Through the National Manufacturing Policy 2011, the government has initiated an umbrella mechanism to promote manufacturing industries under dedicated National Investment and Manufacturing Zones. These Zones would bring together state-of-the-art infrastructure, latest technology, skill development facilities, and rapid connectivity to emerge as hubs of manufacturing growth.

Large amount of investment is envisaged in key sectors such as power, transportation and urban development, a considerable portion of which is expected to come from the private sector. This will create opportunity for businesses operating in the engineering sector. For that, companies would need to address productivity and competitiveness.

I strongly believe that there is another milestone to be crossed in the quality and productivity journey. New operating models would need to be considered such as flexible automation, multi-location production, deferred customization and disposable factories.

People should be at the heart of the engineering effort, reaching out to human resources, consumers and vendors. The contribution of manufacturing to total employment in India is about 11 per cent, which is lower than that of the emerging countries where the share of manufacturing in total employment is between 15 to 30 per cent.

The National Manufacturing Policy, 2011 has envisaged the creation of 100 million additional jobs in the manufacturing sector by 2025. To make Indian Industry productive and competitive, we must enhance our capabilities on many fronts, primarily human skill, hardware technology, and knowledge base.

Innovation is a key managerial strategy for growth. We must lay emphasis on its various dimensions such as process innovation, product innovation, business model innovation and new technology innovation. Strong capabilities in designing and building machine tools are particularly critical. Industry must also develop close partnerships with universities and research institutions to take this aspiration forward.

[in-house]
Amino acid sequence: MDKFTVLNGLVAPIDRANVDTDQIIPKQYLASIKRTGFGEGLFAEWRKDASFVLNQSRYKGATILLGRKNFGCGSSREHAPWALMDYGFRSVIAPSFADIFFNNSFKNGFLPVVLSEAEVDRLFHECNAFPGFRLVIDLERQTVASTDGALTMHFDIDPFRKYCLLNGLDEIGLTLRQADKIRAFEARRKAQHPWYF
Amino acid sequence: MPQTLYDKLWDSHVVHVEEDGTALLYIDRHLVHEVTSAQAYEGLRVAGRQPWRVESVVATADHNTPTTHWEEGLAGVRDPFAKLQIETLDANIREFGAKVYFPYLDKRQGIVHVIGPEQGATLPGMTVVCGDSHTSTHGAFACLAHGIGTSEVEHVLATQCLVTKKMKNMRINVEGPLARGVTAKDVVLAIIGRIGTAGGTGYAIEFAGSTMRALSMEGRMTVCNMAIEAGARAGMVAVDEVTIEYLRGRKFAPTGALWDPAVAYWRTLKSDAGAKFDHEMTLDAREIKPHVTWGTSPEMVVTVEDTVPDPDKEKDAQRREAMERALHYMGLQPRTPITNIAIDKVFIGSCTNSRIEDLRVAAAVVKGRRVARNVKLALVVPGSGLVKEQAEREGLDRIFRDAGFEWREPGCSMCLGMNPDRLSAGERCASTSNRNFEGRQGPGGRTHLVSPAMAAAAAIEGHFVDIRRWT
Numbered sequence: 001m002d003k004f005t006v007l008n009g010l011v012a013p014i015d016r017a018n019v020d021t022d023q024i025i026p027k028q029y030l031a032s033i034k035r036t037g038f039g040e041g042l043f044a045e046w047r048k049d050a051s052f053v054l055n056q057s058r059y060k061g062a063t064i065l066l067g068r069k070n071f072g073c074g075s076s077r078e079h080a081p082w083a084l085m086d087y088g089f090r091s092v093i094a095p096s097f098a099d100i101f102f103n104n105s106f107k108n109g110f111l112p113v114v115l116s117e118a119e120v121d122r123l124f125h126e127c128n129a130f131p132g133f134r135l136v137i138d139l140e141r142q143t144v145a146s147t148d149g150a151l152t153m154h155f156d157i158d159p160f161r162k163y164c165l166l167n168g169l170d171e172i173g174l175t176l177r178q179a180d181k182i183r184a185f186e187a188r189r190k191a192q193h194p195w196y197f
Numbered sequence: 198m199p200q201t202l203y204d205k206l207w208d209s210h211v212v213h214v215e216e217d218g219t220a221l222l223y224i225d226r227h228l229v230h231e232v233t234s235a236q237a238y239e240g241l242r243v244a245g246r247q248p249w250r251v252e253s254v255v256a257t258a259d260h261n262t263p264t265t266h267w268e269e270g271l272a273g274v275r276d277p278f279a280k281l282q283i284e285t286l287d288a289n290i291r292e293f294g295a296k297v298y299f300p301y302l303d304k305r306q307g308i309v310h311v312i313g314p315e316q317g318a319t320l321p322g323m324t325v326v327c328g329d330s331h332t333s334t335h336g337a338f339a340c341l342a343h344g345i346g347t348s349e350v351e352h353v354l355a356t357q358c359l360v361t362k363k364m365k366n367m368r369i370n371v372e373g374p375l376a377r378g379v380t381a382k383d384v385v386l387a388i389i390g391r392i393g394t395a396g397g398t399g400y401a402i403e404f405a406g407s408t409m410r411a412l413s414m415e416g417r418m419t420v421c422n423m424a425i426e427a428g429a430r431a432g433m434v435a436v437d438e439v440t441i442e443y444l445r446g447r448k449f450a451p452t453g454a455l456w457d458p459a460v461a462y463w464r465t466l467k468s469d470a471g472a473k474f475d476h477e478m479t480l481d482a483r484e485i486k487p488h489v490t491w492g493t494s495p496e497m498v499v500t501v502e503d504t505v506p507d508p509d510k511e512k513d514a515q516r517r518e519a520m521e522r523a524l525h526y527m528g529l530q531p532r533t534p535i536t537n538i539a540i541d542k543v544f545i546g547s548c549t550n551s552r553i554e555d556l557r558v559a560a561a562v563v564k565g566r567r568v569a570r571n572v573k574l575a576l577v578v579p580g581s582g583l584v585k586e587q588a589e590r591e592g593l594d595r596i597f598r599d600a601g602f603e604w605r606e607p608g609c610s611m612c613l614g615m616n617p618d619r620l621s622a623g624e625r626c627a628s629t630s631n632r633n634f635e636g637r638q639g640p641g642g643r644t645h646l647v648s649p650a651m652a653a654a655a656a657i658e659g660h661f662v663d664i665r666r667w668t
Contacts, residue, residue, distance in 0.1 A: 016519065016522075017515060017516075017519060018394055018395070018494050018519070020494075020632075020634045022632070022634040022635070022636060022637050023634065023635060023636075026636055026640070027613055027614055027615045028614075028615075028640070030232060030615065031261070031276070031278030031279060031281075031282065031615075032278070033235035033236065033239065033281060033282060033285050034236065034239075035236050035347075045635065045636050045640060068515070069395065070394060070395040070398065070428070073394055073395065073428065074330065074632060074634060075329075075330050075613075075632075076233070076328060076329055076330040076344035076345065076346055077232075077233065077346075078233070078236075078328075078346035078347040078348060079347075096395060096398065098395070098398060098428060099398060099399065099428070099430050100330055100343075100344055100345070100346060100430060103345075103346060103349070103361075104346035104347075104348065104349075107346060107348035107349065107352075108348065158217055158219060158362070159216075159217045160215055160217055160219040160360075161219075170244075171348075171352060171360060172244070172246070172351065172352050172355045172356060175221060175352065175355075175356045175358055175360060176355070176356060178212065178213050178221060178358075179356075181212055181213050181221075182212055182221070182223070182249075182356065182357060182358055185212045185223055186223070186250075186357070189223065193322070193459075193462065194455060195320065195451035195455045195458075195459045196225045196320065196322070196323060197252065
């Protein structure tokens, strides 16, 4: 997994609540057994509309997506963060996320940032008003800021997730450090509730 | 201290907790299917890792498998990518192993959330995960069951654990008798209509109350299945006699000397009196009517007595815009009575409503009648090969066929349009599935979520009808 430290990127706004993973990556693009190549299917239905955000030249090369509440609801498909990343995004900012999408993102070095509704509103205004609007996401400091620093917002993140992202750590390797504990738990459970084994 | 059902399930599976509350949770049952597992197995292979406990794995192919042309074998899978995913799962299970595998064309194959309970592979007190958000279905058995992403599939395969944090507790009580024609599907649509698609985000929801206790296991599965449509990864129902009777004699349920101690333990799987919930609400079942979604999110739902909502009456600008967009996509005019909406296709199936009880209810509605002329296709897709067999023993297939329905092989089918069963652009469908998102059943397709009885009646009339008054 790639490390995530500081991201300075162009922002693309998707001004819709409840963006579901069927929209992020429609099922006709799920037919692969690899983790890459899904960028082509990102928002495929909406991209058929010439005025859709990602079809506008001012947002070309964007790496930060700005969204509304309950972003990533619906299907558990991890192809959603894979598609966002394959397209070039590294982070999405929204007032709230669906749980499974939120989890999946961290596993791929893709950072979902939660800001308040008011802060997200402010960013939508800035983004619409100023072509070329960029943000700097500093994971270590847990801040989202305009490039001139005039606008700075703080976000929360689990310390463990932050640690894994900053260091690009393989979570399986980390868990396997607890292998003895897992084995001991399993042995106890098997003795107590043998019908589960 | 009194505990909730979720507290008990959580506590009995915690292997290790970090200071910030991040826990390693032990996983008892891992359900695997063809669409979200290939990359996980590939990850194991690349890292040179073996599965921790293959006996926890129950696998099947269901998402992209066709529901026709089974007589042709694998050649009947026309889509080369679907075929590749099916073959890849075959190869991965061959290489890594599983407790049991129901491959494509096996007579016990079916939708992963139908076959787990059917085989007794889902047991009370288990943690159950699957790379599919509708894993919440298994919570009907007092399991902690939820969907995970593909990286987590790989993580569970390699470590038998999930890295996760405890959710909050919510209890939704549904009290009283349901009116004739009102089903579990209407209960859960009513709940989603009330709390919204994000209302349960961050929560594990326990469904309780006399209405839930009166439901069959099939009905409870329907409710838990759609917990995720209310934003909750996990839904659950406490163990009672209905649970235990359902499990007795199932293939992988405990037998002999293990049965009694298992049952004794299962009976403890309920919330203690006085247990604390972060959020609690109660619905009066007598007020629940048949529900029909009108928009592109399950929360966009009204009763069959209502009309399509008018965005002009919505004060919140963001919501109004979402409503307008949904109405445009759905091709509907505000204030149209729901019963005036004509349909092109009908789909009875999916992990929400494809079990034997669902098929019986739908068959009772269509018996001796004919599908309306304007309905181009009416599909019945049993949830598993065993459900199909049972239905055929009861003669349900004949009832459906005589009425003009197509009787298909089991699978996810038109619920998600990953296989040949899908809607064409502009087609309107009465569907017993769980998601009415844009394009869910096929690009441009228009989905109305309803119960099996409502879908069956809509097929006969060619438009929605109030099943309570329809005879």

A sustainable development model is not only an imperative today but is also opening new opportunities for the industrial sector. Indian Industry should focus on reducing carbon footprint and devising green technologies. Solar energy and other renewable energy markets are expected to grow strongly. Opportunities in green products such as green buildings, bio fuels, and green technologies such as nanotechnology and artificial intelligence should be explored.

The Micro, Small and Medium Enterprises (MSME) sector has come to occupy an important position in our economy. It contributes about 45 per cent of the manufacturing output and about 40 per cent of total exports of our country. In over 29 million MSME units, about 69 million persons are employed.

A dynamic entrepreneurship is providing a new energy and drive to the MSME sector. We need to strongly support engineering MSME units which are seedbeds of innovation. Their rising participation in the engineering value chain would impart a new dynamism to the engineering sector.

I am told that the IETF has dedicated platforms for showcasing technologies and advances in these sectors. I look forward to seeing some of the exciting new technologies and products on display. Let me conclude by again congratulating CII for organizing this event, bringing the engineering world together with the Indian industry. I wish you all a very productive participation.